Ok folks. Here is a digital version of the old Manville News. This one is great for several reasons. First of all, I have been eager to get to this one since it contains a train wreck in the Manville train yard… which is also known as Port Monmouth Junction (for all you fellow train nerds). Growing up over on Angle Ave. in lost valley, right across from the tracks, I had always heard about this one… it spilled tar everywhere.
Another reason this issue is great is that it concludes the entire year of 1941… so I get to feel like I actually accomplished something. In reality I’m only about a third or so through the stack. Still, it somewhat feels like a milestone.
One more reason this is great, is that it features a little blurb about Chester Trojanowski. Father of Tommy from the Chester House bar. The bar was named after Chester ala it’s name “The Chester House”
Allegedly he was quite a roller skater, and was performing in town in the following week. You can view and download the Issue via the following link. manville-news-12-26-1941-ocr
Hello everyone, I was just checking out my buddy Gary Carmon’s Manville site carmonsandusky.com and noticed he put up some great new photos. While we were on the topic of old signs and storefronts I decided to lift a few. These all came from Neal Ranauro’s Manville photo archive, and I’m not sure how I missed these when I was looking through them, but they are great. You can click on the photos to enlarge them.
First is this great photo of the Chester House. If you enlarge it and go to the right of the photo you can see the old Gamby’s Diner at the future site of Quick Check, and Charlie’s Resturant in the back there.
This next photo is a little further down Main St. Starting at Quigleys Bike Shop. The Quigley’s building in now the home of The Grub Hut, but back in the day it was like the great bike shop in town that was famous for the giant tangled bike heap that sat in the middle of the front room. As a kid I remember being slightly afraid to go in there in fear of a bike avalanche and a slow agonizing 8 year old death. I’m still looking for good photos of that place if anyone has any. Anyway you can see the great Liccardi Motors lot in the back there. I’m not sure what year that disappeared, but I totally do not remember it. Looks awesome though. I’m sure it was an asset to an evening drive down the strip in it’s day. You can also see the old corner Sunoco Station way in the back there. Oh and speaking of great advertising… how about the 24 hour milk dispensary. I wonder whatever became of those amazing old signs.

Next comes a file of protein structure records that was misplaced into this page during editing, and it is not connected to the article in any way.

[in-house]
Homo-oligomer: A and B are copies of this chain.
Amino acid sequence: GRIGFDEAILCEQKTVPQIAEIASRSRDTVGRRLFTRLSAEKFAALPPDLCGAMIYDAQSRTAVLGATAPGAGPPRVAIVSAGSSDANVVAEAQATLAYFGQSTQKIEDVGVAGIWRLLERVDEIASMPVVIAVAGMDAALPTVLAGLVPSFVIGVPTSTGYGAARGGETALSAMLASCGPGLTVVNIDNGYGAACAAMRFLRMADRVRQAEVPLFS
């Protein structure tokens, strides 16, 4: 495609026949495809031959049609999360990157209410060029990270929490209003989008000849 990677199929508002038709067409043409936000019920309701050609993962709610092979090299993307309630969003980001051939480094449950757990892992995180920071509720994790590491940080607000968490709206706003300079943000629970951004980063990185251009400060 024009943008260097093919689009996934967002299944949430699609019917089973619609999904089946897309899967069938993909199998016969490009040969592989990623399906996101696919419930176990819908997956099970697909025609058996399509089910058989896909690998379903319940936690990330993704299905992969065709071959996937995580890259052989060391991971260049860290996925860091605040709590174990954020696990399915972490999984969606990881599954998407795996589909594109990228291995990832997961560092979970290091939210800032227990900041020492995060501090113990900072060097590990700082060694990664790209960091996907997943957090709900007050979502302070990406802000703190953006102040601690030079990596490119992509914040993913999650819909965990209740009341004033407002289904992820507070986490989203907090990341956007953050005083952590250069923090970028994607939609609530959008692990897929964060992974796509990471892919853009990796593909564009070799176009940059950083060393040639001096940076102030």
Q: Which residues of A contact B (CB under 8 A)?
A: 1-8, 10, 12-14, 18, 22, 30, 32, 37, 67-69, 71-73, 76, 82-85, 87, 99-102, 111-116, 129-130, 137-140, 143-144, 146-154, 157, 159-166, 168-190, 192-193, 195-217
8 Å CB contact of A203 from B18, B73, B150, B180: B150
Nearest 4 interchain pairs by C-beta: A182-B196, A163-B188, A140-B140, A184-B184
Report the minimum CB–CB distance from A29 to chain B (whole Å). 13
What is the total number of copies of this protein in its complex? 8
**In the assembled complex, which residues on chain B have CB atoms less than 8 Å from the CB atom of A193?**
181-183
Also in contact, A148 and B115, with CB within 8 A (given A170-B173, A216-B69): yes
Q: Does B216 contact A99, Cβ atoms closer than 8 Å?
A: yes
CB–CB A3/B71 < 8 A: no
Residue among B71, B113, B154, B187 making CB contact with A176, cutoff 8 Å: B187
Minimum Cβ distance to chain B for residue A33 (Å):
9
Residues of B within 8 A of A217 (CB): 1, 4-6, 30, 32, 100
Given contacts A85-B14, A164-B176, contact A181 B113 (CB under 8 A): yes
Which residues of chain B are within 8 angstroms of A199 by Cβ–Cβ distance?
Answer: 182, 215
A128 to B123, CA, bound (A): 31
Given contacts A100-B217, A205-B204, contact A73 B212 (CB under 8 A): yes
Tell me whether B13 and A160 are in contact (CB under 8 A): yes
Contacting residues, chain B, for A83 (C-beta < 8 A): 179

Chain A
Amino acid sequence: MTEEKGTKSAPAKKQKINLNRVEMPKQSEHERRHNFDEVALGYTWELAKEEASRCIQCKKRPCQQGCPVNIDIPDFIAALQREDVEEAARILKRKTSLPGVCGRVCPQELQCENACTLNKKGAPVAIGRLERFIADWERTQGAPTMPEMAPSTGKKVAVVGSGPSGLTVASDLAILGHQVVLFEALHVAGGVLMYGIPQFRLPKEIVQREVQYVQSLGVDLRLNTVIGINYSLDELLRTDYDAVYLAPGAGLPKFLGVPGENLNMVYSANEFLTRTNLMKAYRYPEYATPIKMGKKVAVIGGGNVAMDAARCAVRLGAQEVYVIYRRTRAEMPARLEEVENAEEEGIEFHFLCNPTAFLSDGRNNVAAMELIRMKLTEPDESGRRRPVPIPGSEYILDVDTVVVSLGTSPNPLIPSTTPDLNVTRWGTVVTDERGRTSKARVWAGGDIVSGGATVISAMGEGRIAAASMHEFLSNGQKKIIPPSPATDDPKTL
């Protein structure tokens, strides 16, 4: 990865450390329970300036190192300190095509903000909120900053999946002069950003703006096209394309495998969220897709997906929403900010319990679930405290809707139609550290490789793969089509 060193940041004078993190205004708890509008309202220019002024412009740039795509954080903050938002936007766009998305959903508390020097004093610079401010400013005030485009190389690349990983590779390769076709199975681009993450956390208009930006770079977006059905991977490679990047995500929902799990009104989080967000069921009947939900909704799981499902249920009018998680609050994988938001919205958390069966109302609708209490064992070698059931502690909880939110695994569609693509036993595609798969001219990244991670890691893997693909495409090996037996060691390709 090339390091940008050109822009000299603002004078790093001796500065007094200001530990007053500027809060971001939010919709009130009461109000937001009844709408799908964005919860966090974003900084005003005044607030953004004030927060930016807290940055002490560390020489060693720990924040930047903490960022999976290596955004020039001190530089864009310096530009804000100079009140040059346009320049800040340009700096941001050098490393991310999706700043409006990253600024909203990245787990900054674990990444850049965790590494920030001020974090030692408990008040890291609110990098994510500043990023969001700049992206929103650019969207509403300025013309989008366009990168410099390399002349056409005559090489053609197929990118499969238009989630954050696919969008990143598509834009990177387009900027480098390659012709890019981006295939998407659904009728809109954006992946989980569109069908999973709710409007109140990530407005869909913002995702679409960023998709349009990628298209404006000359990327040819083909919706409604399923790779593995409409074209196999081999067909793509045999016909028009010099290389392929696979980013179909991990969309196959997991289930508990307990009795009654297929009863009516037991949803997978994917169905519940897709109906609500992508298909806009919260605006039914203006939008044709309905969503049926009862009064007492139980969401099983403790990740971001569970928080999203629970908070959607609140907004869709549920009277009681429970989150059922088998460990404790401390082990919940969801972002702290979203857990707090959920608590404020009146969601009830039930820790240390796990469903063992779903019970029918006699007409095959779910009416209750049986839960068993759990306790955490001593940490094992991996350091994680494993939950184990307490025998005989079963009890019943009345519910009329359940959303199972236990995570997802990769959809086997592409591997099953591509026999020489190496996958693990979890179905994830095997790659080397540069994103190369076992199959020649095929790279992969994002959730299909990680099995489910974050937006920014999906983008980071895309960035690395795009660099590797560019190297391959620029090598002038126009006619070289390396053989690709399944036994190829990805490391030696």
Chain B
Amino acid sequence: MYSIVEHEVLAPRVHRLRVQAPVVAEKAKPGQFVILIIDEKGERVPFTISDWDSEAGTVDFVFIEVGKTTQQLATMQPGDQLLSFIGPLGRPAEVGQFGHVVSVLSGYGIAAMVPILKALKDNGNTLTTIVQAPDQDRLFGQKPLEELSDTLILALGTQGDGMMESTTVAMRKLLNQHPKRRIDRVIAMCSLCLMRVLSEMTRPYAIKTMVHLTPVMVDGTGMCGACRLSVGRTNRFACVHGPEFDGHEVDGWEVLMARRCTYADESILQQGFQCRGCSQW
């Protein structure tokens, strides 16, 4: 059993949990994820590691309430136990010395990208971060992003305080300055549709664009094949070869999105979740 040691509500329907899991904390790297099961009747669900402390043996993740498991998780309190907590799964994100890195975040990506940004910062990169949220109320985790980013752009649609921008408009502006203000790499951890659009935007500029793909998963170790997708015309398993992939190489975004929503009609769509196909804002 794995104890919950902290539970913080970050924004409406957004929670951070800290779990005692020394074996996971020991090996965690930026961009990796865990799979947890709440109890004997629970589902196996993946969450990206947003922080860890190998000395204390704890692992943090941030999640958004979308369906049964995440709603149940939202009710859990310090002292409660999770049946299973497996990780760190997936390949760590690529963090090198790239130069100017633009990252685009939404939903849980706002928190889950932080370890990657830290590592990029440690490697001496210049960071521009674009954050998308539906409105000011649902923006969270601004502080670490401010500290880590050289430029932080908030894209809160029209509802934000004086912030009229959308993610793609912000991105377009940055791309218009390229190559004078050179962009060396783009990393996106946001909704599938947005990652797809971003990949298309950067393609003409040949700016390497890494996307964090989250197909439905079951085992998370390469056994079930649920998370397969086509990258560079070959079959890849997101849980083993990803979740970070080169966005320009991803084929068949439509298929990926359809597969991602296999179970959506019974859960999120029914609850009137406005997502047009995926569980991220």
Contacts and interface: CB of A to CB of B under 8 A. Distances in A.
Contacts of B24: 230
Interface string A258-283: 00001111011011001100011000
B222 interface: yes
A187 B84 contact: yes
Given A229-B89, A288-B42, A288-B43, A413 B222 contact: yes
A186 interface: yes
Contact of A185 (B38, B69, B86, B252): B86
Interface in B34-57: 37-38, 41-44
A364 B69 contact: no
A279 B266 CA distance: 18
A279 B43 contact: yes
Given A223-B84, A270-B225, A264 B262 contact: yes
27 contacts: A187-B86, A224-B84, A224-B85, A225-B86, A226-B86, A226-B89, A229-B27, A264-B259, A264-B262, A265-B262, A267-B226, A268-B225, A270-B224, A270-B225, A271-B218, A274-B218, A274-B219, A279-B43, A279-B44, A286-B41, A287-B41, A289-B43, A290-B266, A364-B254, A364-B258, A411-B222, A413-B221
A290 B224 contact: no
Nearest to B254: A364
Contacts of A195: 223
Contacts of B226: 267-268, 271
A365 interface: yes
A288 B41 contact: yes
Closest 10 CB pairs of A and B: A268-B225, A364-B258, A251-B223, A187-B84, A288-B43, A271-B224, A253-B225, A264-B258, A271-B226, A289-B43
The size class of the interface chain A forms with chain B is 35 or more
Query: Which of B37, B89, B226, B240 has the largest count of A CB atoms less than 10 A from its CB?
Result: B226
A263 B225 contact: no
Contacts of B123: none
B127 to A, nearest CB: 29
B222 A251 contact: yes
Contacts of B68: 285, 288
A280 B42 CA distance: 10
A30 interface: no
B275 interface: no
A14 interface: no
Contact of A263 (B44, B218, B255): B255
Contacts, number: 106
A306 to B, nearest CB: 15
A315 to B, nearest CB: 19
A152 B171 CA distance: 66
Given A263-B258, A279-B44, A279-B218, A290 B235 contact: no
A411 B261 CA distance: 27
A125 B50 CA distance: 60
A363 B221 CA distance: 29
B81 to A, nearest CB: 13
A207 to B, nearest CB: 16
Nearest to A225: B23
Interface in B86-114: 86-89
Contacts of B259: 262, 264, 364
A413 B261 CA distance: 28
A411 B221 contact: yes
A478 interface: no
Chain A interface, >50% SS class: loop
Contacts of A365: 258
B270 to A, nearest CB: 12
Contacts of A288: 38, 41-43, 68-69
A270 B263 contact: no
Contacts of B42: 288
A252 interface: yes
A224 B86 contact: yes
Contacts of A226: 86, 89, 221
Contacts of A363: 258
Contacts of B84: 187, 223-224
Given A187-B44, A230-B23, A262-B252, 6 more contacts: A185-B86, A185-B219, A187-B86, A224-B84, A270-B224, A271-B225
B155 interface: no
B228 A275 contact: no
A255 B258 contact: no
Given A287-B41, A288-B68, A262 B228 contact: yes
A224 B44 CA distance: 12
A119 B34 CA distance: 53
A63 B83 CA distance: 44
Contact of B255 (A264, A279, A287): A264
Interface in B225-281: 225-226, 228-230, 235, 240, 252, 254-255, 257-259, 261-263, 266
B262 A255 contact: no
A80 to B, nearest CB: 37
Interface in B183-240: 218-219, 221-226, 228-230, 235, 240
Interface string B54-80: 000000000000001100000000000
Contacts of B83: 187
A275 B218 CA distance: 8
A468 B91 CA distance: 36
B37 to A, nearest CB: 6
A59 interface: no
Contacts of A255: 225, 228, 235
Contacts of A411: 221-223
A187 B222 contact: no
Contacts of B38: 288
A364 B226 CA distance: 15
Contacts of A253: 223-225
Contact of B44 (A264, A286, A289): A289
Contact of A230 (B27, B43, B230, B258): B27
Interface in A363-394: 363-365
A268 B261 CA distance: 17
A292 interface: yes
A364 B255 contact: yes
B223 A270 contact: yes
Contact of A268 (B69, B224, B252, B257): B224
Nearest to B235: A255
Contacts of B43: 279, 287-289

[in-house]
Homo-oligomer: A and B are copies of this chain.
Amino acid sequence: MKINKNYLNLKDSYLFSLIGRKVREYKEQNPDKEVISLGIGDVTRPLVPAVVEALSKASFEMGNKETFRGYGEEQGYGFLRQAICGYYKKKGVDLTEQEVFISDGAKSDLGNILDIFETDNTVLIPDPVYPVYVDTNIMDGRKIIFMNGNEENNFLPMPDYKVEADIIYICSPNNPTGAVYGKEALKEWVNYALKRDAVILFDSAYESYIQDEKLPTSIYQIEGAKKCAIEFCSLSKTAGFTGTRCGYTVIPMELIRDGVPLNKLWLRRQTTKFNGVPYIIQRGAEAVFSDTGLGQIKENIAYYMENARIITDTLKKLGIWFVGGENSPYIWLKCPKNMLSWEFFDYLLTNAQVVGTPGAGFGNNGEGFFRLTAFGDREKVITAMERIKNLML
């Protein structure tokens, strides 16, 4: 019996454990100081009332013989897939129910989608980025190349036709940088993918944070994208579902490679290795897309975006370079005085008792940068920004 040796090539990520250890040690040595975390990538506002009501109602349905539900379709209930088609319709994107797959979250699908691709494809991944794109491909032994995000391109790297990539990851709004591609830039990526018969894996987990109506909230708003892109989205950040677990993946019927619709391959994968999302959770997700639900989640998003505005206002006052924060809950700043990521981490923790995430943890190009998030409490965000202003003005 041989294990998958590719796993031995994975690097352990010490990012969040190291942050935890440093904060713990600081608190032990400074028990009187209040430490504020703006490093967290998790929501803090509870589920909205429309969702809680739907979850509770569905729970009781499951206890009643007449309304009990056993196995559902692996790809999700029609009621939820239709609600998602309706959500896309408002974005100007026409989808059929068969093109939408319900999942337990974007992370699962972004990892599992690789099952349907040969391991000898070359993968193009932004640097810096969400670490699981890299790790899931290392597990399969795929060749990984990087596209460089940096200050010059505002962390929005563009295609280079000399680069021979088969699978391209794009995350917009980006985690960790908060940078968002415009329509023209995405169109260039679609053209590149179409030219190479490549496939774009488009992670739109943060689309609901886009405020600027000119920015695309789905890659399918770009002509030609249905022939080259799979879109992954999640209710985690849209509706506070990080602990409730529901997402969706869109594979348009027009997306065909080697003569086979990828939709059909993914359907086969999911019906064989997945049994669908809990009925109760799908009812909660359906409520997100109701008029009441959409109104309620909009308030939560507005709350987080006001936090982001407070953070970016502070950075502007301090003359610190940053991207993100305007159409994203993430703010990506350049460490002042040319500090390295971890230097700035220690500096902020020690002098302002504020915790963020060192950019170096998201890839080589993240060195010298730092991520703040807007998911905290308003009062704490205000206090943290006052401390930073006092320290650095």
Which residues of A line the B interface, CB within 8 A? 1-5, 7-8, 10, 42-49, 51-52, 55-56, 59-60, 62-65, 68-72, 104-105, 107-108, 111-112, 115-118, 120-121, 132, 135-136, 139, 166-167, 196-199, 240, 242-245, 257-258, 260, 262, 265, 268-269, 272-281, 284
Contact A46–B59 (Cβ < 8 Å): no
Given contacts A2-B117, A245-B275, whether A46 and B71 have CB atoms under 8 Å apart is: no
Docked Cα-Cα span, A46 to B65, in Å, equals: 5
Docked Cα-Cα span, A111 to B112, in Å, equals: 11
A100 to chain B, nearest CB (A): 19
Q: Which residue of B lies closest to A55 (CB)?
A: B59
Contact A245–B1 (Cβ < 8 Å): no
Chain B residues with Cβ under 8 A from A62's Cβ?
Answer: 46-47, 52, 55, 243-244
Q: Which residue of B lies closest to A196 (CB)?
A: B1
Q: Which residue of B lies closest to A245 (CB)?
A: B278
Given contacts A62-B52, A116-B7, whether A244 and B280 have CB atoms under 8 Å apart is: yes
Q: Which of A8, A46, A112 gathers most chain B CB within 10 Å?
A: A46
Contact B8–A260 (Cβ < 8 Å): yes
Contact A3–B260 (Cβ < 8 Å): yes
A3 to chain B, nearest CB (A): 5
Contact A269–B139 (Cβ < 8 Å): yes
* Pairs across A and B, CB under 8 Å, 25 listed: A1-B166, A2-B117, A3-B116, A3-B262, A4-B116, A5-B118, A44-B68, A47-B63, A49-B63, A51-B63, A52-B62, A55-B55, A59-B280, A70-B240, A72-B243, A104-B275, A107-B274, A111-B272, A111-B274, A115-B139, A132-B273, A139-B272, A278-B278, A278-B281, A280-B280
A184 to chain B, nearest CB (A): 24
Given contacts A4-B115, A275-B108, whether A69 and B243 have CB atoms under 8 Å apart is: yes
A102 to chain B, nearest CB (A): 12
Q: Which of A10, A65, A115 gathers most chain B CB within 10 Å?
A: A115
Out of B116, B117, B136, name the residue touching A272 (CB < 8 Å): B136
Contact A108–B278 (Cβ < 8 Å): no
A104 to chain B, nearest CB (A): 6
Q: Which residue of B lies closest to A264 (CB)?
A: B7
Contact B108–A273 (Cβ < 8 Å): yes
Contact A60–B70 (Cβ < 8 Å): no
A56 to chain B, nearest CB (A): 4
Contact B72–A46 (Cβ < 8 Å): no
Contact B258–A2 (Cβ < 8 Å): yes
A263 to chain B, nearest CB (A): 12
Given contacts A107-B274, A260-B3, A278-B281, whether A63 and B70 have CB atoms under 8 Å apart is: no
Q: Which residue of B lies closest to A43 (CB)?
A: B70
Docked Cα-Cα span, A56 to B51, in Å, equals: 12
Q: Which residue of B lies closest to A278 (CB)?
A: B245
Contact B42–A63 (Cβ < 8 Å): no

The next photo is more of a birds eye, and was taken out of one of the JM office windows, where Ranauro worked as photographer. This is the corner of Knopf and Main. You can see Lebbings Garage, Shop Rite, and the Esso station, which I believe may have been run By the Manna Family. This is just a great view of Main St. with plenty to look at.
Remember if you have any photos you would like to share please get in touch with me so we can help preserve our towns history. I can help you get them scanned and digitally archived as well.
Well two fun things happened today. One, I was officially inducted as a Somerset County Historical Society trustee. The other thing happened right after, when another member of the society opened up a dusty old cabinet revealing a shoebox full of photo slides, including some 1969 shots of Manville. “I think there might be some stuff in here you’d be interested in” Being Ill equipped at home to handle any decent slide scans, I still couldn’t console my urge to post up this one great shot of The Elmcrest Inn, so I went ahead and popped in my crappy flatbed scanner. There will be more of these to come, and I wont even have to use any fancy Iphone filters to make em look old and scratchy. For now though you’ll just have to settle for this one great photo of one of my favorite defunct Manville establishments.
Polish Home bar, circa late 1940’s • Click photo to enlarge
So I got some great photos emailed to me a couple weeks back by Tom Kopczyk, and I’m just getting around to posting them now. These are a great peek into everyday life for Manville folks in the 40’s. And Im going to post them one at a time over the next few days… since I feel they are best digested slowly and individually. This particular one is of the bar in the old Polish Home, where Tom’s father Mike Kopczyk tended bar… also in the rear against the wall in the dark fedora hat is his uncle, Steve Perun Sr.